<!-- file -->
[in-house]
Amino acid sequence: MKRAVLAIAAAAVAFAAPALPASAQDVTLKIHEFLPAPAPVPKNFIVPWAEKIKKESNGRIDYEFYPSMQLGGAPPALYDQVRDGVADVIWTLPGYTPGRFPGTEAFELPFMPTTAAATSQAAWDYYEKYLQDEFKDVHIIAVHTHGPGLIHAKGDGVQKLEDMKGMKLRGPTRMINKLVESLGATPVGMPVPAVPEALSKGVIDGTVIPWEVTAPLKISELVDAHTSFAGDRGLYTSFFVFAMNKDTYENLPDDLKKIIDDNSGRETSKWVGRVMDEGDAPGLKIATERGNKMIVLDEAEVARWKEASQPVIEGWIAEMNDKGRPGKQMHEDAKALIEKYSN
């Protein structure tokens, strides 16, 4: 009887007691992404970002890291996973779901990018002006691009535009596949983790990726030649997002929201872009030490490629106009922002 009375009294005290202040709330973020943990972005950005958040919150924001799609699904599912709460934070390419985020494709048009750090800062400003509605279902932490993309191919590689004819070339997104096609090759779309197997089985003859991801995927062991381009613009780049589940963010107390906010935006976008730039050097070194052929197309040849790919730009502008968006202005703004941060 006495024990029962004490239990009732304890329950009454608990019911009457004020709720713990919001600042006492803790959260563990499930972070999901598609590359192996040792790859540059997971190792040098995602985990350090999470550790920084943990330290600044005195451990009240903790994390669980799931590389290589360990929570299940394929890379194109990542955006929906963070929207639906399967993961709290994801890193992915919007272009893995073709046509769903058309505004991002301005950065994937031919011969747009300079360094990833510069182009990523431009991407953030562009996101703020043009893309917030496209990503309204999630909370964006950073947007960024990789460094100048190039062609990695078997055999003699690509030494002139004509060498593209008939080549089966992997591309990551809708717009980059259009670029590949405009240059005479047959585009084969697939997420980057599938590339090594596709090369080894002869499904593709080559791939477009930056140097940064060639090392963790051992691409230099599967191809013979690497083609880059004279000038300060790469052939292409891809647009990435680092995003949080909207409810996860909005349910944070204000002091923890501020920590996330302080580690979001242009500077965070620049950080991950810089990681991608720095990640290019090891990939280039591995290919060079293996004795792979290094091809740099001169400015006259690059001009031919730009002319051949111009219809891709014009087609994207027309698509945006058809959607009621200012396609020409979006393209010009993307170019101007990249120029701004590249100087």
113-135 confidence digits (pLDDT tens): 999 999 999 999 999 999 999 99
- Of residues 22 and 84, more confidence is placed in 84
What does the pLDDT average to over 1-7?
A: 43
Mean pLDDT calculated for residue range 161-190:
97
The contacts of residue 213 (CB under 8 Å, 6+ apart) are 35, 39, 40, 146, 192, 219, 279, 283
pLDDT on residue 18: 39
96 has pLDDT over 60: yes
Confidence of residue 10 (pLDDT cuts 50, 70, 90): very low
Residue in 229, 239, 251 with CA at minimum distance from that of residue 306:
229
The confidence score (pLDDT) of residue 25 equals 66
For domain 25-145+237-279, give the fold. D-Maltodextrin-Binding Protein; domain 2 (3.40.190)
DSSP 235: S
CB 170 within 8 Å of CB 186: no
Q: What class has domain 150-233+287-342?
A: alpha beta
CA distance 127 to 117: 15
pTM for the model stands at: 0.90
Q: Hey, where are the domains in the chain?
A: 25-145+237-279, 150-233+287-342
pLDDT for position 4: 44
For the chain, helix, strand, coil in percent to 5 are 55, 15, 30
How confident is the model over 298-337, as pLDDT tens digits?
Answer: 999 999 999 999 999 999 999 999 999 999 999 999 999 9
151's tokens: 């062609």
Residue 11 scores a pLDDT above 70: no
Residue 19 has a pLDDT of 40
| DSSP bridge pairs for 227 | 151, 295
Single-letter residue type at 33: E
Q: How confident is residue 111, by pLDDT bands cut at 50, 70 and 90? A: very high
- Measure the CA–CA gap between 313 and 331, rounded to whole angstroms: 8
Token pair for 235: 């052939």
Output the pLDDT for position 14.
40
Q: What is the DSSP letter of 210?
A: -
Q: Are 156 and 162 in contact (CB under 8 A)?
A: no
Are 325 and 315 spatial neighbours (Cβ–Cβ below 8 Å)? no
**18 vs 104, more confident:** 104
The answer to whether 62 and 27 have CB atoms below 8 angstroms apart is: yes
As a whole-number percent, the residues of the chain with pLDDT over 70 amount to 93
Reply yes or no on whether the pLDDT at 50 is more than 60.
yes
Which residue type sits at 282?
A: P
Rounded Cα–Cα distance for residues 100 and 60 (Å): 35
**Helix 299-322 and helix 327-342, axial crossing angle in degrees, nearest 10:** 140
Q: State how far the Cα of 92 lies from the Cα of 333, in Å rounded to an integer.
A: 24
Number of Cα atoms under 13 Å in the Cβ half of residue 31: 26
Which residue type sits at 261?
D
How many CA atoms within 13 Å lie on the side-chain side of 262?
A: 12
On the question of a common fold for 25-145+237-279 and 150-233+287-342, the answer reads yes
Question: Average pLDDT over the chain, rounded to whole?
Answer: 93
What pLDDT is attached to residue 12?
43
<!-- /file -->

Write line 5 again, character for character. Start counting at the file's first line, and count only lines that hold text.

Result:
- Of residues 22 and 84, more confidence is placed in 84